Alum spotlight: Morgan Barbour (BFA ’14)

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Morgan Barbour, BFA in Performance, 2014     

While at VCU, Morgan and Caroline Downs (now Siavichay) wrote a play called By the Bi, about the universal bisexual experience. Morgan describes the approach as “very much last year drama school.” After graduating, they took it to the International Dublin Gay Theatre Festival with a cast of 7 VCU students. It was the first ever bi show at the festival.

“We lived in Dublin for a full year” and toured the show in London, Edinburgh and Amsterdam. In 2016, Morgan moved to London for her Master of Fine Arts in movement direction at the Royal Central School of Speech and Drama.

Morgan worked on shows in London before moving to New York, where she collaborated with acting professor Wesley Broulik at Saratoga Shakespeare Company. She was movement director for 2 productions, then she went to University of Nebraska – Lincoln as a guest artist at Nebraska Rep.

More recently, Morgan got a new UK visa as her own business, “and it will switch to an arts visa, then hopefully full citizenship.” Pre-COVID, she was working in Germany, France, and the Netherlands, as well as the UK. During the lockdown, she stayed with a friend in London and “spent an entire year with a full-size trapeze rig and camera.”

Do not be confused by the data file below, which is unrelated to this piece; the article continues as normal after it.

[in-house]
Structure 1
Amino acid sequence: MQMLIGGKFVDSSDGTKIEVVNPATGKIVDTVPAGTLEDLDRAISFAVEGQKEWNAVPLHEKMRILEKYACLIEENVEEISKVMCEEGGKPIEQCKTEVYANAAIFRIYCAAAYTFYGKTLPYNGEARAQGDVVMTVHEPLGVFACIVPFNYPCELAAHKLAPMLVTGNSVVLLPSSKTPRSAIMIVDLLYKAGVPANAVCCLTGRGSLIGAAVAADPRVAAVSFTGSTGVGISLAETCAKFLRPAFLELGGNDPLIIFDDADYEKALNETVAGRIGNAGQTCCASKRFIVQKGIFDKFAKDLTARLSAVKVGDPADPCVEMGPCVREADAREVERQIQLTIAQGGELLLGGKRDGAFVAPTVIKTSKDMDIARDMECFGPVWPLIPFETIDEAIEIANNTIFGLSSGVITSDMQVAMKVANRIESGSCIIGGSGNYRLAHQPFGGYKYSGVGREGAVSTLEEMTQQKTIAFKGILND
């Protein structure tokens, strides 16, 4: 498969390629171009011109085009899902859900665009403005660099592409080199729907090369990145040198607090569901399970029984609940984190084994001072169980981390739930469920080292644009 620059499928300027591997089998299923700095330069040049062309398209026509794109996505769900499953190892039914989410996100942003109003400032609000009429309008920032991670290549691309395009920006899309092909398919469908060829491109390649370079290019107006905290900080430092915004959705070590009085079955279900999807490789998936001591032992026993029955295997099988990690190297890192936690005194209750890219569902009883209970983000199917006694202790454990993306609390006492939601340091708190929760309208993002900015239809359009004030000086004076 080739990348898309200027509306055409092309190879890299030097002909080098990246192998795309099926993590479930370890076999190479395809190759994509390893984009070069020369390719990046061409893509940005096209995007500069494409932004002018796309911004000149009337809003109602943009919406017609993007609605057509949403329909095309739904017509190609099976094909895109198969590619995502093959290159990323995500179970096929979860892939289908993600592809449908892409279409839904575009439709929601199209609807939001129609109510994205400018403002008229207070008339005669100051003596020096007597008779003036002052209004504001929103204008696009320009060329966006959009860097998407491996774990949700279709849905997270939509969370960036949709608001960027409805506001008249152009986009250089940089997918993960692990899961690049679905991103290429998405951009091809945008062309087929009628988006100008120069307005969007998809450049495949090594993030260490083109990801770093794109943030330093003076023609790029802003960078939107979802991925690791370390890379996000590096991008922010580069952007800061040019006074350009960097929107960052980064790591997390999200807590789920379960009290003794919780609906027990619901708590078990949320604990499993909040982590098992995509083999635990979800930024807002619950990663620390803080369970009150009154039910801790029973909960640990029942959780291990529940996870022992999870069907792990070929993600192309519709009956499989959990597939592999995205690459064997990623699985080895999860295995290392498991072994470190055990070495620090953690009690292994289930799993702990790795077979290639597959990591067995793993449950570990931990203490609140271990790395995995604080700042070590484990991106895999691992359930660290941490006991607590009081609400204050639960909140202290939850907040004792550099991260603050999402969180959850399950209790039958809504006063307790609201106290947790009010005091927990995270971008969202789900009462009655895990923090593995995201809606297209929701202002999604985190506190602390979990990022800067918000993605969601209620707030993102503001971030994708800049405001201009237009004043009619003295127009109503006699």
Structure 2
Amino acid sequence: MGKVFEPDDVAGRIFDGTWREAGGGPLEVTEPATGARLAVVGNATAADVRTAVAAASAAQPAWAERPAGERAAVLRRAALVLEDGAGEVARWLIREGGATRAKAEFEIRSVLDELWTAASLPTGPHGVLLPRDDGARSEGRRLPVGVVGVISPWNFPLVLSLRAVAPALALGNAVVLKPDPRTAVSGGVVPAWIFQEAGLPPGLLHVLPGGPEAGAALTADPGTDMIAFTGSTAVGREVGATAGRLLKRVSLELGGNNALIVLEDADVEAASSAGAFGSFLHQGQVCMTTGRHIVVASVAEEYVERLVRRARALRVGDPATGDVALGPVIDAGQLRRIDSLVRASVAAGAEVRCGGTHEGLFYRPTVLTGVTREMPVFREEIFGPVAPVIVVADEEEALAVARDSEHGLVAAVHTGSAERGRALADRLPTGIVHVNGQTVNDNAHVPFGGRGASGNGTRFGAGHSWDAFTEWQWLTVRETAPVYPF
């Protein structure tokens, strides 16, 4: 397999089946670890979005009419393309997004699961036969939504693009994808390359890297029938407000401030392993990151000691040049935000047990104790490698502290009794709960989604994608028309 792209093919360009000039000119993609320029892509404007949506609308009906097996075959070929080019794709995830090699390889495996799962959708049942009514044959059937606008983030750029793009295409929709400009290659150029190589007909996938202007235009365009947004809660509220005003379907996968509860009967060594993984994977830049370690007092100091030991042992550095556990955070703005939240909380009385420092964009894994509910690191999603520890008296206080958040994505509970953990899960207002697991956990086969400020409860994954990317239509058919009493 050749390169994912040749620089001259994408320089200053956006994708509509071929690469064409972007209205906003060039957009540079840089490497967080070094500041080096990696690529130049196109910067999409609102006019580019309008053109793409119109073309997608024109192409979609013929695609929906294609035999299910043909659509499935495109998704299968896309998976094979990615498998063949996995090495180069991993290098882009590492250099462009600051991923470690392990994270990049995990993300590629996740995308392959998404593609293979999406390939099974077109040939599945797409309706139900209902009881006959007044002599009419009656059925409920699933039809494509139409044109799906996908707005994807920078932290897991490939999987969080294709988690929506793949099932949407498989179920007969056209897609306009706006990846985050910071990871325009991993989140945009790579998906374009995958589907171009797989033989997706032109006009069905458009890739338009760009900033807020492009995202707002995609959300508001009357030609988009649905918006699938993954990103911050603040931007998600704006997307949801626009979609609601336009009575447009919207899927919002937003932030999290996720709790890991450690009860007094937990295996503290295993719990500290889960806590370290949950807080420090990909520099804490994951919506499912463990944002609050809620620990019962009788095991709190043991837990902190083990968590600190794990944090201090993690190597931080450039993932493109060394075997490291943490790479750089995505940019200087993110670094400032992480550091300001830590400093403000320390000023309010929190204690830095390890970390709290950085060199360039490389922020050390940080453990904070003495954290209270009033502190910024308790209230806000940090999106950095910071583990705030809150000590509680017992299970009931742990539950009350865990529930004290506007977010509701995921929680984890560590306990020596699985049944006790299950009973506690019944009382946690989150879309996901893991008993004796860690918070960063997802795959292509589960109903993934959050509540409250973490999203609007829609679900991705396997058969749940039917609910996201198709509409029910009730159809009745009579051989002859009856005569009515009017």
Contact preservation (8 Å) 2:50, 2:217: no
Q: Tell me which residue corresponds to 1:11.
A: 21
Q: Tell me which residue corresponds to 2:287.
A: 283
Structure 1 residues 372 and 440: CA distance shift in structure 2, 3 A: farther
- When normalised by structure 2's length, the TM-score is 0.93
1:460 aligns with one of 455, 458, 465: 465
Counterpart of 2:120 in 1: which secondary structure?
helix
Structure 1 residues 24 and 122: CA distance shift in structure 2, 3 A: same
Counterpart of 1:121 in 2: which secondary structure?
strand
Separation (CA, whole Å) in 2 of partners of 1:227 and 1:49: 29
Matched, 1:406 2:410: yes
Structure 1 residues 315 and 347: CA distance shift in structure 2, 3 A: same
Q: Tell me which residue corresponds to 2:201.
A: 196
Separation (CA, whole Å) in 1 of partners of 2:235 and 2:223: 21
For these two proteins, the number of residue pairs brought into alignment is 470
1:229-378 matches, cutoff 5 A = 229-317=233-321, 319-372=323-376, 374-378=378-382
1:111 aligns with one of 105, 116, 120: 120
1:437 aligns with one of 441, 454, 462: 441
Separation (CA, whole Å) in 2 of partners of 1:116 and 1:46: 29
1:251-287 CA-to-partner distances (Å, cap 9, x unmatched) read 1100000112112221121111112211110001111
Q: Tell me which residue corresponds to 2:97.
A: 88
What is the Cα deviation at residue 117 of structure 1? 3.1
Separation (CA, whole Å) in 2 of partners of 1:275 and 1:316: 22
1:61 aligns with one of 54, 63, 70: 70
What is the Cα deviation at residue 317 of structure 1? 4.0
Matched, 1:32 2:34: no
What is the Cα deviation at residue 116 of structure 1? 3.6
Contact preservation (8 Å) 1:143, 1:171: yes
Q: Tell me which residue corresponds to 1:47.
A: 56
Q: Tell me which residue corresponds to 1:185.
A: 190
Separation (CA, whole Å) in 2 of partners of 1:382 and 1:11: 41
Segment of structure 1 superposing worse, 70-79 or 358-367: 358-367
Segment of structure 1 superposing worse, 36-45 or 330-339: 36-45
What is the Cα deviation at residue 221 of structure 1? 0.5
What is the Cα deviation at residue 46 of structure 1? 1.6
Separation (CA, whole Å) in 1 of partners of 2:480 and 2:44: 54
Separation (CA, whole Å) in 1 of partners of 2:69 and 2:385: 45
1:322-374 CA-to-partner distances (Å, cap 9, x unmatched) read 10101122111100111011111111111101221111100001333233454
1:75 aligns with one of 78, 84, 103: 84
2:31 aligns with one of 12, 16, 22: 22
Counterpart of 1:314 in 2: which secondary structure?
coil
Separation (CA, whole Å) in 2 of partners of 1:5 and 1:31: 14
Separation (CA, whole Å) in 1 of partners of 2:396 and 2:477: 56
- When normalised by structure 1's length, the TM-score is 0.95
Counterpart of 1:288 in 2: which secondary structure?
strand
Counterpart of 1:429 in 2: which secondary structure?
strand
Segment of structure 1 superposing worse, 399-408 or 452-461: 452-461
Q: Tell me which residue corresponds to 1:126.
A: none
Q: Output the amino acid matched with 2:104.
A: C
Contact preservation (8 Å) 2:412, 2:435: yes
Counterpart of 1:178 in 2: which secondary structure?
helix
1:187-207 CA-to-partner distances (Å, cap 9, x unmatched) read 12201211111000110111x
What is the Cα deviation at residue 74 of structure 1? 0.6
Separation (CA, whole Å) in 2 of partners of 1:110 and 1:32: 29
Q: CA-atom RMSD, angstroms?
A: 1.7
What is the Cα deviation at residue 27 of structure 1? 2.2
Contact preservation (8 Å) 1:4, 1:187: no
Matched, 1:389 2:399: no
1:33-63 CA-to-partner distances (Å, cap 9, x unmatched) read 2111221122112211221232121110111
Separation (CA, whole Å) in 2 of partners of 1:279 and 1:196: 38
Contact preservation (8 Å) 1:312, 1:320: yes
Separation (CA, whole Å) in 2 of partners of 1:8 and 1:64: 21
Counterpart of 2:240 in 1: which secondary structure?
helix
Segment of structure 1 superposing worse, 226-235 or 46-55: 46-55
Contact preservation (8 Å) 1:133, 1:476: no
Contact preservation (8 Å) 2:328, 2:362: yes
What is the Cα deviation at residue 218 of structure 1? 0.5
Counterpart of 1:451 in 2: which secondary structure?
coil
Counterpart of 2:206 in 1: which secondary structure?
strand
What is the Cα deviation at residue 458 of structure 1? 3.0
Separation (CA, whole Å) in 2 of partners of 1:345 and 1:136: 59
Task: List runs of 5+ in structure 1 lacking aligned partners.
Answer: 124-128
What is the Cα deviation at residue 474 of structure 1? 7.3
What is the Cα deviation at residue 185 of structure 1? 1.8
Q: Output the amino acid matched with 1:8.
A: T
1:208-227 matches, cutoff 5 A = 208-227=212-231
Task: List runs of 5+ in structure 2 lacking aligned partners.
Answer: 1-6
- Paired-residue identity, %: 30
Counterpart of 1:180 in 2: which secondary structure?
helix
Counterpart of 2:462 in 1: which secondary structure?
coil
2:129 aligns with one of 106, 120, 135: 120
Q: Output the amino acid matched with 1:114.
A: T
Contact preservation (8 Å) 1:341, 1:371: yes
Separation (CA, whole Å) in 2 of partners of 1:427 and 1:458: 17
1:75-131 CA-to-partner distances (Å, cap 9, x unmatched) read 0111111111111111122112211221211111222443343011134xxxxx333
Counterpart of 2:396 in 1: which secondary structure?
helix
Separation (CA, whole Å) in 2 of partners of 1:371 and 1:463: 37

Morgan wrote the opening chapter of a book that’s coming out, Palgrave Handbook of Gendered Violence and Technology. She’s also working on Community Standards with the Worldwide Web Foundation and the United Nations as part of a presentation on digital abuse.

Looking back at her successful early career, Morgan considers herself, “incredibly fortunate to be able to make my entire living in the industry. I wouldn’t have expected that when I was a student. I had the least formal theatre experience of anyone in my year.”

Photo by Jasper Johns

When she works now, she sometimes thinks of her former VCU professor Patti D’Beck (a former Movement professor in the department). “Not a day goes by that I don’t channel a bit of Patti. She was very enthusiastic and sometimes used sounds instead of words.” She also credits teachers Drew Richardson and Wesley Broulik, “they took leaps of faith for me. I told them in my senior year what I wanted to do and they said ‘OK, that’s crazy.’ Wesley later sent me apology email the same day he offered me a job.”

Compiled by Liz Hopper, professor emeritus, and Jerry Williams (BFA ’71) for the June 2021 Theatre Alumni Newsletter.